Microsoft is Going Passwordless?

I think we may all agree that we have way too many passwords. We are authenticating using our username and unique passwords across several sites every day. If you are like me, you may be using a tool to help manage your passwords. In addition, I have looked to use password best practices to help prevent access to my information. Here are a few tips that I often share with others.

  • Never reusing passwords across sites and services
  • Using password management tools
  • Focusing on password length over password complexity
  • Multifactor authentication

These are great tips for protecting your information and preventing access to your online accounts.

Microsoft is good at identifying the challenges that users face and offering a solution that can address the needs of users. Microsoft is now focusing on enabling users to access their Microsoft account without having to type in a password. You will still have to authenticate, but you will be able to use an app or a two-factor authenticator method using SMS or e-mail. You will also be able to use Windows Hello to log in without a password, an option that Microsoft introduced several years ago.

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I still like using a password manager across my devices, but it most password managers are provided by a third-party service, and the experience doesn’t feel as seamless. Don’t get me wrong, these tools are still much better than having to recall my username and punching away on the keys in hopes that I can recall my password.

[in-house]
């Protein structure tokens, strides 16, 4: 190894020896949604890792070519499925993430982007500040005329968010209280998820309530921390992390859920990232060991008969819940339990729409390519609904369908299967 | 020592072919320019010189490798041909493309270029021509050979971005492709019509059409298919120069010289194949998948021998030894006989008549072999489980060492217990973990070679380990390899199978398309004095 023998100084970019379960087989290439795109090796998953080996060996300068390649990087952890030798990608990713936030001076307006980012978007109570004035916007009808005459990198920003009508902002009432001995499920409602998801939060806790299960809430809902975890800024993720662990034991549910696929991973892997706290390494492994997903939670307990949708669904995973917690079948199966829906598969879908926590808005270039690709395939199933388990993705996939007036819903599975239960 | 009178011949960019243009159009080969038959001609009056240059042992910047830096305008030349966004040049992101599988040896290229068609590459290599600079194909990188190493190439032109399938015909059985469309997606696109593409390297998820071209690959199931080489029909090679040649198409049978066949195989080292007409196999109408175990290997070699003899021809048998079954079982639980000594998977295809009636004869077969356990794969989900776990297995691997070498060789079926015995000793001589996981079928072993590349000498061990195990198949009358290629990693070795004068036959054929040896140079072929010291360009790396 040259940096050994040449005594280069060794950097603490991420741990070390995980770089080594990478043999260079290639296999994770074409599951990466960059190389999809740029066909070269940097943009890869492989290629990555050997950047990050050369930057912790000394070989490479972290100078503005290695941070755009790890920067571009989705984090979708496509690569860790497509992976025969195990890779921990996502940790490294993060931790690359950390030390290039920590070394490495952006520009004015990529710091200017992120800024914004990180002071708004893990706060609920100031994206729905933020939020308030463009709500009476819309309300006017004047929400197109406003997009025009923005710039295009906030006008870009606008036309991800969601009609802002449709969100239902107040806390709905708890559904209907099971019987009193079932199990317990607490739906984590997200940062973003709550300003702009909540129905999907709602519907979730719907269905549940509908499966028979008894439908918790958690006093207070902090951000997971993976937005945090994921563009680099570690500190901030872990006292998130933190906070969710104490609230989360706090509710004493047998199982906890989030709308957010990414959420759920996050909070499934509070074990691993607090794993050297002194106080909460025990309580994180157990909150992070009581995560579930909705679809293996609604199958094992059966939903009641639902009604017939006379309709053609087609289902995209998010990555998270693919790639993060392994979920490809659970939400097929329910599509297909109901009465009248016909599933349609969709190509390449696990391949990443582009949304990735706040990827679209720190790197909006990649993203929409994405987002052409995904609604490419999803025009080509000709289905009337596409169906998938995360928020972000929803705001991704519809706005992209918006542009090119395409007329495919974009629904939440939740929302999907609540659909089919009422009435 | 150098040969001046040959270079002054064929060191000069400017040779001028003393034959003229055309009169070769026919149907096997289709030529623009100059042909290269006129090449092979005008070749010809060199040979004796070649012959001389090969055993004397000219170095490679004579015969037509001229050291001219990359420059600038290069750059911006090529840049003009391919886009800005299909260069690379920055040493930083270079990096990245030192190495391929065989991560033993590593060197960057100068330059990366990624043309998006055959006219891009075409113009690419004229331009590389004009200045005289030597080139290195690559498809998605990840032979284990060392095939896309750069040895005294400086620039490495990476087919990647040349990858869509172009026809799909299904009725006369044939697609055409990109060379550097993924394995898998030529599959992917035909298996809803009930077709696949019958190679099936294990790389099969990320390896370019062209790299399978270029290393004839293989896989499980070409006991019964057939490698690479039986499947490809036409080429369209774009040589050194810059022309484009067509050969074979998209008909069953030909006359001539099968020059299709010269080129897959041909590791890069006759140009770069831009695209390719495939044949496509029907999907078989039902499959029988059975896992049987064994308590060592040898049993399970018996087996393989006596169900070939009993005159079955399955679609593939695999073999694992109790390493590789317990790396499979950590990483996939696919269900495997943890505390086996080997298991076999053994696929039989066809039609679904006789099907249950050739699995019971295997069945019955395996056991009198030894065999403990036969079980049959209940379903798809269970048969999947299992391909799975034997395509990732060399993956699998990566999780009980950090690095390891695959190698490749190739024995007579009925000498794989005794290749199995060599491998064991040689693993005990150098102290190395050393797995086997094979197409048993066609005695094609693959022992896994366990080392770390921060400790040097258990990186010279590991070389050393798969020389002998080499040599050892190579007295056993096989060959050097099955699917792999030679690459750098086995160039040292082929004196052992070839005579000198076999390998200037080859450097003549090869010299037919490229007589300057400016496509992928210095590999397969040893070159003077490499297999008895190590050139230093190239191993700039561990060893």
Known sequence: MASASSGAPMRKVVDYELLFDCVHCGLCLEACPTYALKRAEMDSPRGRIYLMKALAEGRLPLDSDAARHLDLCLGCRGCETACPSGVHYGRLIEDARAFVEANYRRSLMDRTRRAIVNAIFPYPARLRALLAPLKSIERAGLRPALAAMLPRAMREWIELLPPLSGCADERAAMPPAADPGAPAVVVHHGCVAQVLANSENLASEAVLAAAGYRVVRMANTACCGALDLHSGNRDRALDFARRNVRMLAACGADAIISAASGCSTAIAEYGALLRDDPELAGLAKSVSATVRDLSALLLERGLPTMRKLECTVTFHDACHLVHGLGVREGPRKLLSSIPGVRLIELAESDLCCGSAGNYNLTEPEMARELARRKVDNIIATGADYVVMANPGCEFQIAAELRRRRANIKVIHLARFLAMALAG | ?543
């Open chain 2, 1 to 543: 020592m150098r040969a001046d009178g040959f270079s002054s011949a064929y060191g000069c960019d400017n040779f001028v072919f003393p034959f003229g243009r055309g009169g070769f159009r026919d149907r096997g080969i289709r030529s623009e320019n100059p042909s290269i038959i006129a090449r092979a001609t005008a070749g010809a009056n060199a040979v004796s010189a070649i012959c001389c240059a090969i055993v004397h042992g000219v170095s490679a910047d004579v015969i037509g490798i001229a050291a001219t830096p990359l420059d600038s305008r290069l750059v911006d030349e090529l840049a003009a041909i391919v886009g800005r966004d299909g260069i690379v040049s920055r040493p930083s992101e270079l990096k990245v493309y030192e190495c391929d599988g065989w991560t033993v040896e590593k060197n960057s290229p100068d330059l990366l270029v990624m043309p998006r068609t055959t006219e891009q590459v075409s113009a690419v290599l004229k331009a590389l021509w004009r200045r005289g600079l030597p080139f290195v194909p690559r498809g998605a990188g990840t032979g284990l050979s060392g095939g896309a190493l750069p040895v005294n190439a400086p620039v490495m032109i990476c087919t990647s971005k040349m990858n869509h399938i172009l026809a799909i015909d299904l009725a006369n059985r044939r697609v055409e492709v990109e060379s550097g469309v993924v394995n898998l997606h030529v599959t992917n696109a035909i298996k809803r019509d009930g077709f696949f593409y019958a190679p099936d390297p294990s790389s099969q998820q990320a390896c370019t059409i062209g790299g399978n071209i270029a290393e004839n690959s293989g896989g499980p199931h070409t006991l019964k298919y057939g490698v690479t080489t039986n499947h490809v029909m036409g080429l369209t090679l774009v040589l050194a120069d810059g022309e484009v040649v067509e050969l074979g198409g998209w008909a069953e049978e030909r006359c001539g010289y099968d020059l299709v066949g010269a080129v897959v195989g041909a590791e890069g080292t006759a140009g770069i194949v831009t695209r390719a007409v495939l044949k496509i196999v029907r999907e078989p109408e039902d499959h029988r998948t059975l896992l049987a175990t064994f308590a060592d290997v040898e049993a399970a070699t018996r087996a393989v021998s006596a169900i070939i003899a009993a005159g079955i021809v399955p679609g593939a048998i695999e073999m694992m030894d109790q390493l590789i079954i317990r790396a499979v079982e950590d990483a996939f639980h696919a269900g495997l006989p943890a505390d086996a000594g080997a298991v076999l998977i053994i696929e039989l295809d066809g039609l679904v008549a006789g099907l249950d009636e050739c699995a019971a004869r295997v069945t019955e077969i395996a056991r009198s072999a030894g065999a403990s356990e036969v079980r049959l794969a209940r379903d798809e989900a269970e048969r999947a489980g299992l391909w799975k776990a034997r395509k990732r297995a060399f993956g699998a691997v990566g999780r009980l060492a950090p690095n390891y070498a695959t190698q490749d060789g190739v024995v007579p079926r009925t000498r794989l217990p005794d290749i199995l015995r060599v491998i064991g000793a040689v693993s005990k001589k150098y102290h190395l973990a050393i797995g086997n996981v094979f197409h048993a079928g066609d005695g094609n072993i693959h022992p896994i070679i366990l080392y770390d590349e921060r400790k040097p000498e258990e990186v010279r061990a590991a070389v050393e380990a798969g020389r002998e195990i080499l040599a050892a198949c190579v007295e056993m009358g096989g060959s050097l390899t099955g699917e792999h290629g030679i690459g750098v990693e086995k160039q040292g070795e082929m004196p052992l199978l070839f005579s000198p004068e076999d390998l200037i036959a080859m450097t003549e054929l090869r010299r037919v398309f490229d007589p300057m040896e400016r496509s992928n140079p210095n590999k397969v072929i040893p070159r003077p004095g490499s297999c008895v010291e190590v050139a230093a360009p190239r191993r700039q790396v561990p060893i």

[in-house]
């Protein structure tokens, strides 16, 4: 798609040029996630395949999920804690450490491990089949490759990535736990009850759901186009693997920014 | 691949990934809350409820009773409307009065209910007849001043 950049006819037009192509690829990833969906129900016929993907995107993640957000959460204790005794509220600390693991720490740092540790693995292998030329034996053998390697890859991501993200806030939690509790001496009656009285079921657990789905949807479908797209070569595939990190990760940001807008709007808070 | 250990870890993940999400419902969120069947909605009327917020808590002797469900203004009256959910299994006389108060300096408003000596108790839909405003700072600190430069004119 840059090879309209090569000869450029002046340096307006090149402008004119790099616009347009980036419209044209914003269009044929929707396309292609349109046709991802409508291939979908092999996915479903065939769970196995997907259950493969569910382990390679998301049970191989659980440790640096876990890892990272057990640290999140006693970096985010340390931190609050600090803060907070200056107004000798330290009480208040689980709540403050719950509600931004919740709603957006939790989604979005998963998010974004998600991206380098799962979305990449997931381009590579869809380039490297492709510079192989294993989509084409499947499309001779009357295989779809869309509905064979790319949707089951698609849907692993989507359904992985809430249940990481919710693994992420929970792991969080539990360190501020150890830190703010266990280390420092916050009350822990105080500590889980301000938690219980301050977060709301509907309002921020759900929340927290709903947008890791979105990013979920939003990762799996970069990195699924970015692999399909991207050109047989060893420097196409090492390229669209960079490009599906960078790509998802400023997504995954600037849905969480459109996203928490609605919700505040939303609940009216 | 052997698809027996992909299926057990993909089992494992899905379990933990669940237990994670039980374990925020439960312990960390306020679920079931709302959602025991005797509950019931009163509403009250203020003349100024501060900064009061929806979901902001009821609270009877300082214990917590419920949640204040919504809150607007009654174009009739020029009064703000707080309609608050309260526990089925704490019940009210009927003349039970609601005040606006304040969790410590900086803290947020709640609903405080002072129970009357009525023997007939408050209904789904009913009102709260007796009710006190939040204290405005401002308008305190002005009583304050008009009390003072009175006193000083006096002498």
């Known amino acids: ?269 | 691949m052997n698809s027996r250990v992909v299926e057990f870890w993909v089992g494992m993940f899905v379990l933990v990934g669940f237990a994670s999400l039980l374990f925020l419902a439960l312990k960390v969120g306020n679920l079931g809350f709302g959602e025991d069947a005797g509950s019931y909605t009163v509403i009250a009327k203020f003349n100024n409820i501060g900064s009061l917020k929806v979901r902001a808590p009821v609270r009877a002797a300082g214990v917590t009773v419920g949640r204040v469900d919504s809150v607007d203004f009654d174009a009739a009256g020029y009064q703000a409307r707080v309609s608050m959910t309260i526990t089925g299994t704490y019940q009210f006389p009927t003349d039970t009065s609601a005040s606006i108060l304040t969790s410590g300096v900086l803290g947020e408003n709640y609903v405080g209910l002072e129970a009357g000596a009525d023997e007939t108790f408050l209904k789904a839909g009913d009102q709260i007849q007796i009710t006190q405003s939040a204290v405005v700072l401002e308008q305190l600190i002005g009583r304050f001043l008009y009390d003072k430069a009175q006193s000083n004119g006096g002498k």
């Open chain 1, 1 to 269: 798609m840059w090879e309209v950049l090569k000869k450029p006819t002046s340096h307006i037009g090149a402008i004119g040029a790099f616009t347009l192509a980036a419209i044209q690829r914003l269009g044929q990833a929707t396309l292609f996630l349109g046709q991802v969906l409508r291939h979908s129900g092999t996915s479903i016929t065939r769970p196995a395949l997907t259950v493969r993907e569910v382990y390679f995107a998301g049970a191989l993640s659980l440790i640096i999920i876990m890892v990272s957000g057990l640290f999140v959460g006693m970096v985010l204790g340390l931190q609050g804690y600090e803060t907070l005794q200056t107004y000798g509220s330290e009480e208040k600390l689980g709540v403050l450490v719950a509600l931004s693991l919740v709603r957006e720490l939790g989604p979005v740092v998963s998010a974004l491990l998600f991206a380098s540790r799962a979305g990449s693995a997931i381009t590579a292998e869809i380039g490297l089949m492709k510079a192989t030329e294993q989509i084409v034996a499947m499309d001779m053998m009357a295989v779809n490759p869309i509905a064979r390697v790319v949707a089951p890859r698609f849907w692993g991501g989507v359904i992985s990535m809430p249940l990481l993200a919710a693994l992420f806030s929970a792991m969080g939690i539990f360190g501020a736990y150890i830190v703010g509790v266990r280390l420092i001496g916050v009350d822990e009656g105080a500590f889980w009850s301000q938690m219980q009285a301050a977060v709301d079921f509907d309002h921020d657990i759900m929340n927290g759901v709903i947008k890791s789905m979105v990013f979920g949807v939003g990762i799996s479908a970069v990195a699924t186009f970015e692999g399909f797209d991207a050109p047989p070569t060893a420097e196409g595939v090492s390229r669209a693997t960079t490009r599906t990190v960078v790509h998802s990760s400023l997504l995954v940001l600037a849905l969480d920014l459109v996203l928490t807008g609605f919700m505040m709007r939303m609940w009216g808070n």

I am a Yahoo! user and they have ditched passwords in favor of multi-factor authentication. I authenticate from my mobile device when I login to Yahoo! on my laptop. Microsoft sees the password-less experience as a better experience for users, however, if you prefer logging on using a traditional username and password, Microsoft will allow you to continue to use that method.

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If you so choose, you can remove the password for logging into your Microsoft account now. First, you’ll need to download the Microsoft Authenticator app on iOS or Android and configure your account in the app. Then, head to the Microsoft account dashboard in a browser and try logging in. You’ll be prompted to check your mobile device to approve authentication. In my case, it asked me to scan my fingerprint before allowing me to log in.

How to set up passwordless authentication

To set up passwordless authentication, simply go to main page of your Microsoft account and find the security tab. Scroll down and select Advanced Security, and proceed to the Additional security section and choose the option for a passwordless account. Once enabled, you will need the Authenticator app on your phone to make the move to a password-less experience. From here on out, you only need your smartphone to approve the login. If at any time you want to turn this option off, simply turn the passwordless option off.

This feature is rolling out now and it may not be available to all users upon the release of this article.

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